How should I plan for retirement in my 20s?

Retirement is a long way away when you’re in your 20s. Still, the decisions you make at the beginning of your working years can have a huge impact on your retirement. Why? Because money you save early on has the biggest accumulation potential. Our advice? Save as much as you can without sacrificing fun, and put it away in tax-advantaged and low-fee investment vehicles.

Here are some tips to help get you planning for retirement in your 20s:

  • Begin saving at least 10% of your salary – though if you can scrape 15% together that’s even better! If you’re not saving regularly, you’re missing out on tax incentives and the power of compounding interest.
  • Look into employer plans, like a 401(k) or something similar. That’s the best place to start when it comes to saving. If your employer doesn’t offer some sort of workplace plan consider a Traditional or Roth IRA and contribute the maximum. Company matches and tax-deferred vehicles are a great foundation of retirement planning.
  • Understand the difference between a Traditional and Roth IRA. Traditional IRA contributions are made with pre-tax savings, and then distributions you take in retirement are taxed at your ordinary income tax rates applicable at that time. Roth IRA contributions are made with after-tax savings, such that your distributions in retirement are not taxed. Deciding which is best for you requires comparing your tax bracket today with your expected retirement tax bracket so that you pay taxes when your tax rate is lower. Roth IRAs are typically a good choice for younger people while their income is lowest, and also because those with higher incomes are not eligible.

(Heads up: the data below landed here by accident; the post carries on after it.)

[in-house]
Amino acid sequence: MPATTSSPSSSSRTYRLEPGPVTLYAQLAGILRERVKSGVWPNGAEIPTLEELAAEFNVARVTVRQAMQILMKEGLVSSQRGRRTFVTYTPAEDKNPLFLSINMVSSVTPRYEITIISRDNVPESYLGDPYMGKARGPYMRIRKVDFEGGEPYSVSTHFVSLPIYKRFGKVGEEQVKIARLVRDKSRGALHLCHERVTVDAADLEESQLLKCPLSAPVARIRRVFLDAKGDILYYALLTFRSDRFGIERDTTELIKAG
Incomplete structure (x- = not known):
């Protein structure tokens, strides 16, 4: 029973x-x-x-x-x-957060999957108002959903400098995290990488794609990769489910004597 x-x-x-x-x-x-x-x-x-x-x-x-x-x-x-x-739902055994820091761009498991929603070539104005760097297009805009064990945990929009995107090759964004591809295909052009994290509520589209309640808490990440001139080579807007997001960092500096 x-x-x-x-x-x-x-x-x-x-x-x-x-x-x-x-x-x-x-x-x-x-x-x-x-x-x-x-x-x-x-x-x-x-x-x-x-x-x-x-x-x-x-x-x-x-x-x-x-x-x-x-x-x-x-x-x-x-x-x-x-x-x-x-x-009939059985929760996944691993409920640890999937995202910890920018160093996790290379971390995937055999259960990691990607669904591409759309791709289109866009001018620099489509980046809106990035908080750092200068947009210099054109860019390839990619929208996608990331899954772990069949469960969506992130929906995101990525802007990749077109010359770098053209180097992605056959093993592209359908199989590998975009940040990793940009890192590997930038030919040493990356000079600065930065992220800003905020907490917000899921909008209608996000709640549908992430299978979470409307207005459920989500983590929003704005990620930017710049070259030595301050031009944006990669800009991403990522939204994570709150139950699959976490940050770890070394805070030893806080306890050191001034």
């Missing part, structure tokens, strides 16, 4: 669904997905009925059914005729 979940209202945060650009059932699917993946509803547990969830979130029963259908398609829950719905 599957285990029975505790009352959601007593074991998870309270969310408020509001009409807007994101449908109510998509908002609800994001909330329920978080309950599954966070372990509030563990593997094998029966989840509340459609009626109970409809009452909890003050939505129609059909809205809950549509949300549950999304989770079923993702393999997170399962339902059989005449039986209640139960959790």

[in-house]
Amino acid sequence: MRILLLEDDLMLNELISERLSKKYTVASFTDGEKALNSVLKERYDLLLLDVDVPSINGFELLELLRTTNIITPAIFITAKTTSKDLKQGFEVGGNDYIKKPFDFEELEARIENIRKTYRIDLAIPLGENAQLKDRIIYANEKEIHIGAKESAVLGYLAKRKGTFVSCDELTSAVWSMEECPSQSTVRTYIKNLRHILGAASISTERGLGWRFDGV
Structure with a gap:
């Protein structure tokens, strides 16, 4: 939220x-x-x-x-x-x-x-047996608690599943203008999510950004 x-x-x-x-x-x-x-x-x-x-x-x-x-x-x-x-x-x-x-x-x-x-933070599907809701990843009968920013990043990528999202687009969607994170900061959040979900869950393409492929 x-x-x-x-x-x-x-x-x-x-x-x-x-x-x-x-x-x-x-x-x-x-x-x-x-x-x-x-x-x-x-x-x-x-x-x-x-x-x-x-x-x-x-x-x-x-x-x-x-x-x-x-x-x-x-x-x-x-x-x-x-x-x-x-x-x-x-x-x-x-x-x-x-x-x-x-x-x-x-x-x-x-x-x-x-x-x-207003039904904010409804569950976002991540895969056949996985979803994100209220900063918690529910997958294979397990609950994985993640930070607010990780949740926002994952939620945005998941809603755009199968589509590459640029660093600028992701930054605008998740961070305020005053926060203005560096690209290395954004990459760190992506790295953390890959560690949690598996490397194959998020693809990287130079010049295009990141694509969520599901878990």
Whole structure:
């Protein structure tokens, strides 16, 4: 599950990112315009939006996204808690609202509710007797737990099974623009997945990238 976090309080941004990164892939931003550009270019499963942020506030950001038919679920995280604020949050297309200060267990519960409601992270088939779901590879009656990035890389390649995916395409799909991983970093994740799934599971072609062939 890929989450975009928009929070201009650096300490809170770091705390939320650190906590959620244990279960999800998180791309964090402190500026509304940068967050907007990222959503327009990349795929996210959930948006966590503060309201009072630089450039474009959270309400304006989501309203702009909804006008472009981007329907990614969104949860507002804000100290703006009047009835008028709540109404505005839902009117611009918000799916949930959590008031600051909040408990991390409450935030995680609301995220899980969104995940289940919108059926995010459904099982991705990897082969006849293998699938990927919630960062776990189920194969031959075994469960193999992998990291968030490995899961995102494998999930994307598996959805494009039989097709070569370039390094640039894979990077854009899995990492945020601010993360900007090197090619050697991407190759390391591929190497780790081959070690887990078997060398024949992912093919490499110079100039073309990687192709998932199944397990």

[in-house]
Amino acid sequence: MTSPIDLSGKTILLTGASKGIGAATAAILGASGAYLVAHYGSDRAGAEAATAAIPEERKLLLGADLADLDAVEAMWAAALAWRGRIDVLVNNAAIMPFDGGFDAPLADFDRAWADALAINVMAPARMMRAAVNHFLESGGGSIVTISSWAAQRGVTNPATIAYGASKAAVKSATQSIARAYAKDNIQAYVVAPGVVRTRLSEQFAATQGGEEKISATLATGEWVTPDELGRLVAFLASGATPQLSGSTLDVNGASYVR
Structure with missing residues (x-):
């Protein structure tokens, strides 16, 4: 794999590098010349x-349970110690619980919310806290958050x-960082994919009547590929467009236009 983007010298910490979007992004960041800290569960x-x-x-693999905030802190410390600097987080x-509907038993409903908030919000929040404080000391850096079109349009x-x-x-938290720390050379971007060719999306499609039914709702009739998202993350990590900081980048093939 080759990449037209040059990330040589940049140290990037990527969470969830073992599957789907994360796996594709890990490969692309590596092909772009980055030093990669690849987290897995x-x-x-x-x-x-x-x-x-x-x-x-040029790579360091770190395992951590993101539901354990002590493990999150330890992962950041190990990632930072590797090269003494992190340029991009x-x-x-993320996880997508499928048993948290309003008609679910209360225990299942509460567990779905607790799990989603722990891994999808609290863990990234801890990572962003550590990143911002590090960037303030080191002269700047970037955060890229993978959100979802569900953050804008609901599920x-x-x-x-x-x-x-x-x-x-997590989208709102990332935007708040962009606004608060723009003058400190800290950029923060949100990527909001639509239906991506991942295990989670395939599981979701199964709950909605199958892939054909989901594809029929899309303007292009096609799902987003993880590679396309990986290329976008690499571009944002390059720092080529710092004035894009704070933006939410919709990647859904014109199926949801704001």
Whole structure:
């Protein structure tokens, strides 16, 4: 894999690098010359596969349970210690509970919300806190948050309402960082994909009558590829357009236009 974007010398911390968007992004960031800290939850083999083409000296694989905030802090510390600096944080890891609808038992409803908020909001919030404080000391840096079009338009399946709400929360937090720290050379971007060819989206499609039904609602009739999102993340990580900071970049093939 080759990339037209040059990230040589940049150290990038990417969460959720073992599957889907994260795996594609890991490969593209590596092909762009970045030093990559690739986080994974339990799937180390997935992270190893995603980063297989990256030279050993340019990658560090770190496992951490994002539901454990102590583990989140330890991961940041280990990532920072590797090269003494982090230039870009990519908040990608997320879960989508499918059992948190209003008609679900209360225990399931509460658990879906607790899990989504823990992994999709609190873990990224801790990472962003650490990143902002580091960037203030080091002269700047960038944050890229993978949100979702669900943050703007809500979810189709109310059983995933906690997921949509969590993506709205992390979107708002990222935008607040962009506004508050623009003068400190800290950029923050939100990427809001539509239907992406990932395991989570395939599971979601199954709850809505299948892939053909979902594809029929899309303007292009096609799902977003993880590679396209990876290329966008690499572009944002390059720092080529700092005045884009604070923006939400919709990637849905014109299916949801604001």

• Find a simple and low-cost investment plan. A simple, streamlined investment portfolio is easier to manage and less likely to yield major problems. All you need is a diverse, low-cost index mix of stocks and bonds that line up with your risk aversion and your investment timeline. In your 20s that mix will look something like 90-100% in stocks and 0-10% in bonds.
  • Relax a bit. If you’re saving regularly and investing simply and smartly, then you’re doing your part for this decades. All you’ve got to do is check in from time to time and keep an eye on your progress.
info icon

Our Retirement Planning Guide covers the basics and makes it easy to start preparing at any age.